Errol Barrow shunned that role and we should all thank him for it. Had he embraced it, Barbados today would be another bankrupt experiment in democracy, a dysfunctional little rock in the Atlantic. He left the “Canaanites” in place in their citadels (i.e. White-run commercial enterprises) and set out to build a nation that would accommodate them.

I believe he knew that, in time, there would be more Israelites inside the citadels than Canaanites. What is more, they would build their own. Besides, he needed those White-run commercial enterprises – those citadels – to function well to help fund the vision he had for Barbados.

And Barrow was very adept at drawing on the talents and experience of those White business leaders. He knew that these men, despite their colour, would help him build a new Barbados. He asked them to serve and they did. What is more, they did it for free.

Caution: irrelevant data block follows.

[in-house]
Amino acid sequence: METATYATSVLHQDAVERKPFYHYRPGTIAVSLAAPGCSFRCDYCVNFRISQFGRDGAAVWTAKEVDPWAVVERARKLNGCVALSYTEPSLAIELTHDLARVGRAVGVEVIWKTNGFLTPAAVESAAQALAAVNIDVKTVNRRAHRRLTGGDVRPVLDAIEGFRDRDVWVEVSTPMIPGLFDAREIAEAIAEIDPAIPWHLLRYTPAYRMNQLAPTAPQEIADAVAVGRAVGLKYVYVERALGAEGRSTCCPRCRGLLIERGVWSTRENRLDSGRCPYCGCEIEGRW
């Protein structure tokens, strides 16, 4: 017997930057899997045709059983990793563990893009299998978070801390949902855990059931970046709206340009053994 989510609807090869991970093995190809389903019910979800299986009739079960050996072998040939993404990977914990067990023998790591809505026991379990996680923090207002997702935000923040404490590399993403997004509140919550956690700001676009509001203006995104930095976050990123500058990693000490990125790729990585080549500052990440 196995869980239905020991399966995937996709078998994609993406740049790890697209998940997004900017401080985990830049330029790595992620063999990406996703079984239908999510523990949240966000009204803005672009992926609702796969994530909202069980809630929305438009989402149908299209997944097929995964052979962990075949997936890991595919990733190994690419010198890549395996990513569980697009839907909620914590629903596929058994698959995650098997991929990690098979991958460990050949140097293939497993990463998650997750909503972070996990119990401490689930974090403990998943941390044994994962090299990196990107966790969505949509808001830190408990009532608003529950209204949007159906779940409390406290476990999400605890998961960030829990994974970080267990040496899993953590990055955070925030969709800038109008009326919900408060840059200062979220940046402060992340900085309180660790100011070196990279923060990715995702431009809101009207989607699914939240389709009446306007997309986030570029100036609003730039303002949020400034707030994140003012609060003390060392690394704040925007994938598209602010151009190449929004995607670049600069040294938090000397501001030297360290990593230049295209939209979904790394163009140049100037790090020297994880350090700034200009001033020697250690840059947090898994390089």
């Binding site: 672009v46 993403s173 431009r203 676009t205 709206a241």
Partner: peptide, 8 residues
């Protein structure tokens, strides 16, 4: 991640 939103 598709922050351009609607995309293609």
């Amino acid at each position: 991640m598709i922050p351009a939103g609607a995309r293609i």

As I see it, Barrow chose the path of evolution rather than revolution, even though he knew it would be a far more gradual process than many wished it to be. And he made that path attractive by paving it with education and making it smoother to travel on. Across the Atlantic, in Africa, other leaders in newly independent countries chose differently.

There, a plethora of highly destructive “Joshuas” held Africa back for decades. Fifty years on, there is hardly a country on that continent in which democracy is anything but a thin coat of varnish.

Errol Barrow wanted to build a more equitable society but not by fire. What many people don’t appreciate is that, in the social hierarchy of Barbados – at least the Black hierarchy – he was an aristocrat. And aristocrats tend to value rather than despise order and stability.